So many of my names …
Priest, Poet, Warrior,
King and Fool.
And a constant Presence
Have never closed.
Perhaps death then
A silken veil
I will brush through
One more time.
I have a theory that seems very plausible and has helped me to unravel my own baffling and complex lifetime, besides helping many clients I have worked with. For me, this carries more weight than a theory, since it seems to clarify much that cannot otherwise be explained. I call the concept “genetic echo.” It seems that we are inseparably connected to past-life energies. The passions, fears, dreams, callings, vows, and relationships of our ancestors come to us and have a “voice” or an energetic presence in our lives. Thomas Moore alludes to this phenomenon in his book, Original Self, and writes of “the world the dead have made for us.” He states furthermore: “The living and the dead have equal roles,” and “the soul is a community of many interior persons.”4
Perhaps our DNA acts as a receiver of information, energies, and memories of our ancestors. I submit that this idea is rather Jungian in approach and akin to Jung’s theory of a collective unconscious. The soul that inhabits each of us is connected to the energies of past lifetimes in a most profound and complex way.
As astrologers, what comfort can we give the deeply wounded soul? How can we explain the drastic disparity in circumstances that people experience? How do we counsel the suffering and the weary? What do we do when we see a chart that indicates a seriously challenging lifetime for a client? Answering these questions would be meat for another entire article, so for now let me just suggest a few things. First of all, for many who have been deeply wounded, there comes a time when one discovers that the wound itself can be sacred. It can be the fountainhead of a life of service, a life of profound compassion and care for others. The wound can lead to incredible insights and self-love. Perhaps the wounded soul has accepted the challenge of dealing with the most daunting circumstances in this lifetime, in order to break the cycle of generations of abuse or suffering. This person is the courageous one who will change the path of future generations. Or perhaps this person will satisfy karmic demands on an evolutionary path.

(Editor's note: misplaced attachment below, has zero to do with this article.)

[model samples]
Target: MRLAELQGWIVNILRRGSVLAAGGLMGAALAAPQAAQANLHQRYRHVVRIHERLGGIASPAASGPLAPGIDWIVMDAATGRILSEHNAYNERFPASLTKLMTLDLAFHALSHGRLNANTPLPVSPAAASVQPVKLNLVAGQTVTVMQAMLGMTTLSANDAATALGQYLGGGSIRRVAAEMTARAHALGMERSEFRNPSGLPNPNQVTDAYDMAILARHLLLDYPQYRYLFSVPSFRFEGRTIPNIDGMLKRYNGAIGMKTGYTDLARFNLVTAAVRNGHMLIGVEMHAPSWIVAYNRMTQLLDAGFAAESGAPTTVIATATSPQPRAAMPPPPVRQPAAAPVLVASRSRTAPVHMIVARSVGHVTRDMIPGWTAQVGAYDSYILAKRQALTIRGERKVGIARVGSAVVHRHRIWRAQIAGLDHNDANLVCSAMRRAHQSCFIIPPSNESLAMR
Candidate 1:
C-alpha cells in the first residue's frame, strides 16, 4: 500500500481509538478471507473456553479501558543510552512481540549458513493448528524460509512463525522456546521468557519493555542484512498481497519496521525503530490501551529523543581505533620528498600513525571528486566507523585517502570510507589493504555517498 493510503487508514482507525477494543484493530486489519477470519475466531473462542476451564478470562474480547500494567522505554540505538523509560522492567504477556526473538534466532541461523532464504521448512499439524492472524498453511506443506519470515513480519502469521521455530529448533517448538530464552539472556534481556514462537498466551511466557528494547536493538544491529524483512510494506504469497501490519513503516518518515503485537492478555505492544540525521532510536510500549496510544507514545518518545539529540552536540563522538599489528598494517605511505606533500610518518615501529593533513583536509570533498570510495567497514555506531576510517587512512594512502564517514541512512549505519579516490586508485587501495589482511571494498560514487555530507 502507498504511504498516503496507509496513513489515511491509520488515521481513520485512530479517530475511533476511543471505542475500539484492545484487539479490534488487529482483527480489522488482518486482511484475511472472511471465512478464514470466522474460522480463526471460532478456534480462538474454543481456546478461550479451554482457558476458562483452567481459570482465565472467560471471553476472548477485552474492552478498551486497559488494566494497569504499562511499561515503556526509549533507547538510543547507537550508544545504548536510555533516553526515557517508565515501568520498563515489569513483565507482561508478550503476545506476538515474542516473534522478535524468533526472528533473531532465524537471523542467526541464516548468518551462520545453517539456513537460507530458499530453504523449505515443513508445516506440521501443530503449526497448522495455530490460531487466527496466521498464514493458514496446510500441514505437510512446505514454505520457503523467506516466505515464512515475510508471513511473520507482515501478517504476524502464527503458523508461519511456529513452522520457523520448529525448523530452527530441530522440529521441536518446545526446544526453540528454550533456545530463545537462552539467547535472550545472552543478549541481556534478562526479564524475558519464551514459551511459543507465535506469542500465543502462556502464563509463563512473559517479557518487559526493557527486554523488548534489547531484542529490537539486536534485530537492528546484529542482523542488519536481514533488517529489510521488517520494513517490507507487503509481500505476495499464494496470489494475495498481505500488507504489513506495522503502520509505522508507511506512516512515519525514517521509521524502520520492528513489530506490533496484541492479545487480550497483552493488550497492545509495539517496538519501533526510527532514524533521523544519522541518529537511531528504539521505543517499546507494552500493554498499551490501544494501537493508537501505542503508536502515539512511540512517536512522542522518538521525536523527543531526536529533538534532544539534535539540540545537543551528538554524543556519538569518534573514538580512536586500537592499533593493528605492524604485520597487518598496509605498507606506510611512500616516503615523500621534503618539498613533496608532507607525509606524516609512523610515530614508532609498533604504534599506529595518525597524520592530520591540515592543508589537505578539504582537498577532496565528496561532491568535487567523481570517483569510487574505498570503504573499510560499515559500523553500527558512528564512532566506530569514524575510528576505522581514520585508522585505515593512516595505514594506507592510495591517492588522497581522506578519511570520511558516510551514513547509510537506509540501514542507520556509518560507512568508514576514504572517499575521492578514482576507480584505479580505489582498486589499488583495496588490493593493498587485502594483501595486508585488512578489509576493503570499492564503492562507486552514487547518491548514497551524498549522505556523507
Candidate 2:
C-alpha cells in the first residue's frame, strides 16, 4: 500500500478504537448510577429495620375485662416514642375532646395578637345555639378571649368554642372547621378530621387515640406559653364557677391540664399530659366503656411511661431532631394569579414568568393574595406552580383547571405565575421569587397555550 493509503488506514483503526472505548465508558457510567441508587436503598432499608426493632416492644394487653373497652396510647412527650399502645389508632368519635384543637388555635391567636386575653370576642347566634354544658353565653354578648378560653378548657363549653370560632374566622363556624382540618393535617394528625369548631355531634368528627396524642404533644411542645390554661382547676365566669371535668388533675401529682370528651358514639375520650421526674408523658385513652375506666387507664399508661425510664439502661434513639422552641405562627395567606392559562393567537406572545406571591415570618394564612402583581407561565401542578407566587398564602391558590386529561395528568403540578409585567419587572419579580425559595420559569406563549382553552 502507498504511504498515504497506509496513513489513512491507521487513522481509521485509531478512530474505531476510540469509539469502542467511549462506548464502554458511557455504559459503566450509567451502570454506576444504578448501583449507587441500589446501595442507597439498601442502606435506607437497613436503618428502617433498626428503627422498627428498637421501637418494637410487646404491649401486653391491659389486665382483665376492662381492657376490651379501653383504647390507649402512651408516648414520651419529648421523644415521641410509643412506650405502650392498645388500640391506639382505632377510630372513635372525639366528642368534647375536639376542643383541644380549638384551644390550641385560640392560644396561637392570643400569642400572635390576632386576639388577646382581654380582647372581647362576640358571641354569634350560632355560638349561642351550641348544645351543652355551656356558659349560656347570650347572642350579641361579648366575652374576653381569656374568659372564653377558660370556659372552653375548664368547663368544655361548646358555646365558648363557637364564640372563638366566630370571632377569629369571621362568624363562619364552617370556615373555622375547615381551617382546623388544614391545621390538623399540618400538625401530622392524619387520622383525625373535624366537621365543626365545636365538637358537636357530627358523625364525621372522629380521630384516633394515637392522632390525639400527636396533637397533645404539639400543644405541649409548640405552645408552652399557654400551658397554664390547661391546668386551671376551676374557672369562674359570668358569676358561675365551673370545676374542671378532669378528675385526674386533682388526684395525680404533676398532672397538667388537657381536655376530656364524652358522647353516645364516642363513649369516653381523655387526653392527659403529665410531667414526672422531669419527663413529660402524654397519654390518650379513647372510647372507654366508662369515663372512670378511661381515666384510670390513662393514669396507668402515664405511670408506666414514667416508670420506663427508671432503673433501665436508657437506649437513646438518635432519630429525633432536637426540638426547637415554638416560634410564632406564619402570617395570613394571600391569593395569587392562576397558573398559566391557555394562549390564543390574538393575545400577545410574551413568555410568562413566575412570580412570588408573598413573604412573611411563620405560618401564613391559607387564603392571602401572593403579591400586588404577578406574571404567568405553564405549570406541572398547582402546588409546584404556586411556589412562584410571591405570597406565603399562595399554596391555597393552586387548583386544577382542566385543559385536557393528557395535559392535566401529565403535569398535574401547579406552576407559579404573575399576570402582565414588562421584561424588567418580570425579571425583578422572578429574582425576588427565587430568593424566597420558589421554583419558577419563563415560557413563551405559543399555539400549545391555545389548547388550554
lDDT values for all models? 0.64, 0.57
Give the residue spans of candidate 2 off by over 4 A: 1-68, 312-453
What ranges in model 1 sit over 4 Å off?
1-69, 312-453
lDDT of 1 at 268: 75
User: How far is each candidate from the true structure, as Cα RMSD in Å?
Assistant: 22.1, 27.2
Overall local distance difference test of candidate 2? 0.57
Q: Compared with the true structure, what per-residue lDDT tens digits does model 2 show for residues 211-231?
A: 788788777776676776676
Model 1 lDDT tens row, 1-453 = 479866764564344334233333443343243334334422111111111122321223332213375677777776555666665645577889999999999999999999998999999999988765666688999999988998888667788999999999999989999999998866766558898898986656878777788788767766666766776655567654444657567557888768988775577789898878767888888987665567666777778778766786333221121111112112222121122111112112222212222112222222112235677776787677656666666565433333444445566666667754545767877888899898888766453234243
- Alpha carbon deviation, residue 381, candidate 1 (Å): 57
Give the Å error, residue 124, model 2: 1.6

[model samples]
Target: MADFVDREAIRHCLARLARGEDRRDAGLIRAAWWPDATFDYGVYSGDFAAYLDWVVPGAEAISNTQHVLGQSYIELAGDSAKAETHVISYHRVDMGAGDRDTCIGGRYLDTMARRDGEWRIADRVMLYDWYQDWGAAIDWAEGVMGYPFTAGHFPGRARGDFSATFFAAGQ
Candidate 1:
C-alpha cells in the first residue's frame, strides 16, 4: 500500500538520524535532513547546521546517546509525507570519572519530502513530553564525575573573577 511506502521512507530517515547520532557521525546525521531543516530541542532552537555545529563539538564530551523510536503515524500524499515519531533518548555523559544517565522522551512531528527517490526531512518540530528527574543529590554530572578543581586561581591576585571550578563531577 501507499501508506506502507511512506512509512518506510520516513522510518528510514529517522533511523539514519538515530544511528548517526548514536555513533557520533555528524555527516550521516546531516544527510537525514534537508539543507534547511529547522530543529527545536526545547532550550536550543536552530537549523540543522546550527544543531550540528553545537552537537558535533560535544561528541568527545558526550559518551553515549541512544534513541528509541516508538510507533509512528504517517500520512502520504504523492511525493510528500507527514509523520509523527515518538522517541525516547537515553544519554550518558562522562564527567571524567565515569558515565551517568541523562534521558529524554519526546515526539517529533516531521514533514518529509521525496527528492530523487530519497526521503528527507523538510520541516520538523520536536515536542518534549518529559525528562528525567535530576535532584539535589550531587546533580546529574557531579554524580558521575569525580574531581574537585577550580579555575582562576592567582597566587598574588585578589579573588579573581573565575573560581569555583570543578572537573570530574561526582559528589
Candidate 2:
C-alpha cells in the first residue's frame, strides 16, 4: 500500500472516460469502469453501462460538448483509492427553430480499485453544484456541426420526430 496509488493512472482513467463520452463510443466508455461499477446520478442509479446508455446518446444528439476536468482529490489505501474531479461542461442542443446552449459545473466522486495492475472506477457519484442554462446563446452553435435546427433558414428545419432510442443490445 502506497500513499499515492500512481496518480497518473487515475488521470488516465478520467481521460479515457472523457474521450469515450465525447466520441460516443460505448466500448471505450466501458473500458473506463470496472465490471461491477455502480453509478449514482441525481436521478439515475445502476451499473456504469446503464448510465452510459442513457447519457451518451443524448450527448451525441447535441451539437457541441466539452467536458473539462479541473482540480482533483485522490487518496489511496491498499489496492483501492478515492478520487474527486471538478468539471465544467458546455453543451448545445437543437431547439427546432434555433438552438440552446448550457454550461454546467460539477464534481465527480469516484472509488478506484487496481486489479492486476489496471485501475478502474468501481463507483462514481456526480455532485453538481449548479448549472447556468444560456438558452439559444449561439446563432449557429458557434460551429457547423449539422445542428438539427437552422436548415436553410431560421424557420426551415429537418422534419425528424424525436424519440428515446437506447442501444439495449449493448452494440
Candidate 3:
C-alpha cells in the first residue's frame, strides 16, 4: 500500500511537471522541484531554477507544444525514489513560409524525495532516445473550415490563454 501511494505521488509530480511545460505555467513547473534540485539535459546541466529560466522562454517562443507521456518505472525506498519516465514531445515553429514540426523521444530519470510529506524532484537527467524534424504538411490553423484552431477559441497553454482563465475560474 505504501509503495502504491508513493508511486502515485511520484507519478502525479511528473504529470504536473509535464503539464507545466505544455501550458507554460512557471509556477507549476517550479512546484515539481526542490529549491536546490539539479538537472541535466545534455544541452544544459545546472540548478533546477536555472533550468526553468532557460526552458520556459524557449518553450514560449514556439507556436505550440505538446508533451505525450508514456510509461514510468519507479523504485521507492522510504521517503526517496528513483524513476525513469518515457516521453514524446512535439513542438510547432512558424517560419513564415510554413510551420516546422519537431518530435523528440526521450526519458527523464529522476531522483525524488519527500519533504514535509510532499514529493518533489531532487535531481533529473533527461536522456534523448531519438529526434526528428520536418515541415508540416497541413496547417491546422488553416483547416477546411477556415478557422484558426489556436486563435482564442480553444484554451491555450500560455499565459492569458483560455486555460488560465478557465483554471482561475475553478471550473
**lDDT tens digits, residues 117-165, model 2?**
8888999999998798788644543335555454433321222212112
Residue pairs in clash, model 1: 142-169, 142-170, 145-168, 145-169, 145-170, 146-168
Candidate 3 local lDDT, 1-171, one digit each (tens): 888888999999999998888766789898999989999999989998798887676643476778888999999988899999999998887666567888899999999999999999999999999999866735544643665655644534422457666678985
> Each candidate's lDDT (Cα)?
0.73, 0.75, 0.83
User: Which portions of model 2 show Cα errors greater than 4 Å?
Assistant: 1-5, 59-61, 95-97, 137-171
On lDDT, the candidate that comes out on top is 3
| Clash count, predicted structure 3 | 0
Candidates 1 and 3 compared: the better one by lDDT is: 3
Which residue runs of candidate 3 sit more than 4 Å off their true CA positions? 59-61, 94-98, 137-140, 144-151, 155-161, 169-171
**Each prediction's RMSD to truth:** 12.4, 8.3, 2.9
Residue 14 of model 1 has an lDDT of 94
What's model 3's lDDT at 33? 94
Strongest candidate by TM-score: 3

The suffering that one may experience can be nearly unbearable, but the journey, however challenging in this lifetime, is often one of great courage. I have the deepest respect for the souls who undertake such a journey. And of course the wise astrologer points to the lessons that the client’s soul is yearning to learn and experience, no matter how painful the process may be. Essentially, we become doctors of soul, way-showers, and even alchemists of soul. We can help to turn suffering, sorrow, and confusion into purpose, meaning, and understanding.
What does this all mean? For me, it speaks of a very complex Universe, one in which we are all connected by an underlying energy that enlivens and links us to one another, to our ancestors, and to all that is. Astrology is a very eloquent and remarkable system that demonstrates a vast synchronicity and connectedness. As astrologers, we have the wonderful opportunity to place our most perceptive fingers on the pulsing energy of each individual soul and its chart. Blessings to each of you as you are led to do this work.
References and Notes:
1. Richard Tarnas, Cosmos and Psyche: Intimations of a New World View, Viking, 2006, p. 492.
2. Thomas Moore, Care of the Soul: A Guide for Cultivating Depth and Sacredness in Everyday Life, HarperCollins, 1994, p. vi.
3. Friedrich Nietzsche, Thus Spoke Zarathustra, Cambridge University Press, 2006, p. 121.
4. Thomas Moore, Original Self: Living with Paradox and Originality, HarperCollins, 2000, p. 4.
Flute1: CC0 Public Domain, by Liblicas via pixabay.com
One Star in the Universe: CC0 Public Domain, by skeeze via pixabay.com
Lost and Found: CC0 Public Domain, by JanBaby via pixabay.com
Flute2: CC0 Public Domain, by blickpixel via pixabay.com
First published in: The Mountain Astrologer, Aug/Sep 2011.
Christopher Hardt is the parent of five children and three foster sons. He is a graduate of Brigham Young University, with a bachelor's degree in Sociology and Psychology. He is also a poet, wilderness guide, and practicing astrologer. He has studied the works of Tracy Marks, Steven Forrest, Robert Hand, Stephen Arroyo, Liz Greene, and Sue Tompkins. Christopher's birth data are: September 25, 1950; 3:21 p.m. PST; Los Angeles, California. He can be contacted via e-mail: email@example.com
© 2011/2017 - Christopher Hardt - published by The Mountain Astrologer
19-Feb-2018, 10:39 UT/GMT
|Explanations of the symbols|
|Chart of the moment|